Stellar Wind, 2015 Virginia-bred Horse of the Year, will face powerful Beholder Saturday in Del Mar’s 8th race, scheduled to go off at 8:33 PM EDT. The 4 year old daughter of Curlin will try to become the latest Virginia-bred million dollar earning horse. She enters the stakes with a lifetime bankroll of $993,200 from just 9 starts. In her only ’16 outing, she was runner-up to Beholder in Santa Anita’s Vanity Stakes. Stellar Wind, who was bred by Keswick Stables and Stonestreet Thoroughbred Holdings LLC, is out of the Malibu Moon mare, Evening Star. Victor Espinoza will ride for trainer John Sadler.

Virginia-bred Rapid Rhythm will compete in Sunday’s $150,000 Royal North Stakes (Gr. 3) at Woodbine while Virginia-owned Disco Barbie has entered the $100,000 Caress Stakes at Saratoga the same day. The former is a 4 year old by Successful Appeal out of Patriot Miss by Quiet American and was bred by the Lazy Lane Farms. The latter is a Kentucky bred that is trained by Gary Capuano and is owned by Virginian Diane Manning. The Woodbine stakes is the 8th race on that card and the Caress is the 10th at Saratoga.

Exaggerator takes on Nyquist in Sunday's $1,000,000 Haskell Invitational. Photo by Anne Eberhardt.

Exaggerator takes on Nyquist in Sunday’s $1,000,000 Haskell Invitational. Photo by Anne Eberhardt.

Sunday’s highly anticipated $1,000,000 Haskell Invitational (Gr. I) at Monmouth pits Kentucky Derby winner Nyquist against Preakness winner Exaggerated. Four other graded stakes are on tap at Monmouth that day in their biggest program of the year. The Haskell is the 12th race and goes off at 5:47 PM.

Saratoga has a powerhouse card Saturday that includes the $500,000 Alfred Vanderbilt Handicap (Gr. I), $600,000 Jim Dandy Stakes (Gr. 2), $250,000 Bowling Green Handicap (Gr. 2) and $200,000 Amsterdam Stakes (Gr. 2). The Vanderbilt has been carded as Race 9 at 5:40 PM and the Jim Dandy follows as Race 10 at 6:18 PM.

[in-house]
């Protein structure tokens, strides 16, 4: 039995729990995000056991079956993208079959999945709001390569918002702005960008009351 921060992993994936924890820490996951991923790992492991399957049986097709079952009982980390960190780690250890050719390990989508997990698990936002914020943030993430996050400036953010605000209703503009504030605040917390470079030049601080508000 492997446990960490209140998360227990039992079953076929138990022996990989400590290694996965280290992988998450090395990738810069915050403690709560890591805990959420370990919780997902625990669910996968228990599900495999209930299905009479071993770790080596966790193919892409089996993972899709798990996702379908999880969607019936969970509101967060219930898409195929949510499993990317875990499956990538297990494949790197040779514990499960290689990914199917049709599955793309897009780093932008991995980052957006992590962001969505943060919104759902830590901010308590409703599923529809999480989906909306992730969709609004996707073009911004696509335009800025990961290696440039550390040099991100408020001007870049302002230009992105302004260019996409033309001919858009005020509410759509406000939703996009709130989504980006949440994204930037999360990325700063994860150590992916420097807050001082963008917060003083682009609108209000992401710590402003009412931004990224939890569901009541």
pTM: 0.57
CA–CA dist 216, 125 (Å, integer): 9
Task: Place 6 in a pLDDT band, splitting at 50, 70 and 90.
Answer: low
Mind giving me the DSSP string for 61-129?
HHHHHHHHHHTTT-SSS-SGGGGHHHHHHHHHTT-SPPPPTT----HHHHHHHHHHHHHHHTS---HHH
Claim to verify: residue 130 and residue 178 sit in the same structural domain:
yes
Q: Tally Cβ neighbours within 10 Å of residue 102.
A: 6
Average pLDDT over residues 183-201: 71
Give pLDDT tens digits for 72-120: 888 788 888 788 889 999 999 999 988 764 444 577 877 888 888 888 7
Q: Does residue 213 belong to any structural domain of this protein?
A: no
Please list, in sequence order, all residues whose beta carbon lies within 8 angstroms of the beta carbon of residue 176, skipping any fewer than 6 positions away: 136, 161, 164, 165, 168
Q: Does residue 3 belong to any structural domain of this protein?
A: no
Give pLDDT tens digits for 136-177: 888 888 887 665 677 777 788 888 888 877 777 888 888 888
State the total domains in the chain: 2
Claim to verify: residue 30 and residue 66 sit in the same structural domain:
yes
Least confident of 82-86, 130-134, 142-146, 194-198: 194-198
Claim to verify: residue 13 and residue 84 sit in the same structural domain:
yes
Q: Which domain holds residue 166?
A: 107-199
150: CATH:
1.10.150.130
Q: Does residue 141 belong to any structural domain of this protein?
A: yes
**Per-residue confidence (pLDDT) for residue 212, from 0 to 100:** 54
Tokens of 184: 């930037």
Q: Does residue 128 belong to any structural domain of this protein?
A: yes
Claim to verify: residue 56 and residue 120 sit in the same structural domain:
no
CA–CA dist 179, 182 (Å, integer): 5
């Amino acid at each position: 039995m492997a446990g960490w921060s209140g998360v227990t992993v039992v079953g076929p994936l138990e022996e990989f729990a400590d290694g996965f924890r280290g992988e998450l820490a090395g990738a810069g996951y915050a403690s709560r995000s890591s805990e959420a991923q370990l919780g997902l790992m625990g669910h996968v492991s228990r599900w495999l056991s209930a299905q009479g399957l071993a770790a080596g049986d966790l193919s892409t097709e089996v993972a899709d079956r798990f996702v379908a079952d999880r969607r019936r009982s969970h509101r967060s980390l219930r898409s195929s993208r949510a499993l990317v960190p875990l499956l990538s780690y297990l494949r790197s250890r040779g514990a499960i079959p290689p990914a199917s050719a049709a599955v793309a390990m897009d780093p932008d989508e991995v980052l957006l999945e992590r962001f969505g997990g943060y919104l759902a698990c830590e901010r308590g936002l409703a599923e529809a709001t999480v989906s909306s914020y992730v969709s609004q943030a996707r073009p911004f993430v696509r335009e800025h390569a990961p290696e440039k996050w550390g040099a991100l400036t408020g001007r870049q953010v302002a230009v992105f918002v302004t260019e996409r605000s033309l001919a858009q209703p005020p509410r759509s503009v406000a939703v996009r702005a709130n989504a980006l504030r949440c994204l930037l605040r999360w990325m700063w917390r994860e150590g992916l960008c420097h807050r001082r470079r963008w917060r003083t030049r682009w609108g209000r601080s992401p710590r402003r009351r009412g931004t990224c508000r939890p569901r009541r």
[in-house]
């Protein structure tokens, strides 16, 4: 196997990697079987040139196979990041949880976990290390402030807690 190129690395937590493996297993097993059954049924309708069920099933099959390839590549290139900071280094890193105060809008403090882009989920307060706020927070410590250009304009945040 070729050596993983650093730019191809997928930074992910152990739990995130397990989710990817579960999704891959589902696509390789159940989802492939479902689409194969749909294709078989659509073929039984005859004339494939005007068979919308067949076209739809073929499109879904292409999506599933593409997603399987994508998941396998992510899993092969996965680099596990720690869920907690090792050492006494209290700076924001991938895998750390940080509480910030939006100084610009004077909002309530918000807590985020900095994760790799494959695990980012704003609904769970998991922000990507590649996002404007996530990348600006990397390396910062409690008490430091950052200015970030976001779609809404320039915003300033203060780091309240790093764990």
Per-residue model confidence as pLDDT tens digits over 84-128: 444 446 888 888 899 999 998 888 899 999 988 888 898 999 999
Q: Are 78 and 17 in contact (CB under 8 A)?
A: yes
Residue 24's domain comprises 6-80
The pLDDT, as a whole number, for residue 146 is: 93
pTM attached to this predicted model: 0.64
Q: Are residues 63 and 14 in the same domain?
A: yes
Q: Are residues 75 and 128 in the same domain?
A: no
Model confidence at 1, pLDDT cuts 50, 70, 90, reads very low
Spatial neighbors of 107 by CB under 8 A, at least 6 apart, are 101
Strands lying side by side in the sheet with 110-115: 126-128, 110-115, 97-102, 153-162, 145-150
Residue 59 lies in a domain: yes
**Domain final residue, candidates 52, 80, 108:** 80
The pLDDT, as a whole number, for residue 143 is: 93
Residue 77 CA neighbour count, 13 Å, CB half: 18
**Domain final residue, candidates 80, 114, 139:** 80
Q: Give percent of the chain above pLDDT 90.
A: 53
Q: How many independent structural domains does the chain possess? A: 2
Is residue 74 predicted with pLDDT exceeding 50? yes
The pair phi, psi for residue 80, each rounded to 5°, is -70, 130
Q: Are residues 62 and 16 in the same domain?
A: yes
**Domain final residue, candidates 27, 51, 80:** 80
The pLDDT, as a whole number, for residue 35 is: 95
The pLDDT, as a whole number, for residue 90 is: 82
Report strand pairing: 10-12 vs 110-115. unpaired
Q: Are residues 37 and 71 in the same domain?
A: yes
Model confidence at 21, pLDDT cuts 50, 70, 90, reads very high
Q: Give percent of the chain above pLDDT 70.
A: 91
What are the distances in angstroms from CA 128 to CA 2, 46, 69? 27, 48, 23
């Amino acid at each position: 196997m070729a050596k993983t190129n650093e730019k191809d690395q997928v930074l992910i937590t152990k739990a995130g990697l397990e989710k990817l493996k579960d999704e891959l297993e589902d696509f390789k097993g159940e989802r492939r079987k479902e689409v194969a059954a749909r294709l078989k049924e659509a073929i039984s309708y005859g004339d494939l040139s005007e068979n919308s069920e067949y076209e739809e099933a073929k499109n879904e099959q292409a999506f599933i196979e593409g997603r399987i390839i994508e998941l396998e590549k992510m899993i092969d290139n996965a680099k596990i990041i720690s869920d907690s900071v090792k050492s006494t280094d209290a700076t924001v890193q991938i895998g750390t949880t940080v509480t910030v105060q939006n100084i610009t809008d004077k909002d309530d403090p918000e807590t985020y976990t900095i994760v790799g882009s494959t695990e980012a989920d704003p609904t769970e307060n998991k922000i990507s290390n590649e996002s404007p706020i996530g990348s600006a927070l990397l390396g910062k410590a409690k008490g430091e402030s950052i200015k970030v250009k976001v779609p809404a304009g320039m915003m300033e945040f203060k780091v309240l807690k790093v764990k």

For harness fans, Saturday’s focus is at The Meadows just outside of Pittsburgh, where a 17 race card is highlighted by the $500,000 Adios, a  3 Year Old Open Pace which is scheduled as Race 12 (3:40 PM). Post time is 12 Noon.

Watch. Wager. Win!

Virginia-Bred & Owned Horses Thrive In Weekend Stakes Action

Two of the three Virginia-bred stakes winners from the inaugural Mid-Atlantic Day racing event at Pimlico June 25th returned to action this past weekend and got a first and second place finish. Queen Caroline, who captured the $60,000 Nellie Mae Cox Stakes that day, won the $100,000 TaWee Stakes at Indiana Grand July 20th while 9-year-old Two Notch Road, winner of the $60,000 White Oak Farm Stakes a month ago, finished second in a $47,000 allowance optional claimer July 24 at Laurel.


Queen Caroline, bred by Morgan's Ford Farm, won the $100,000 TaWee Stakes July 20. Photo courtesy of Indiana Grand.

Queen Caroline, bred by Morgan’s Ford Farm, won the $100,000 TaWee Stakes July 20. Photo courtesy of Indiana Grand.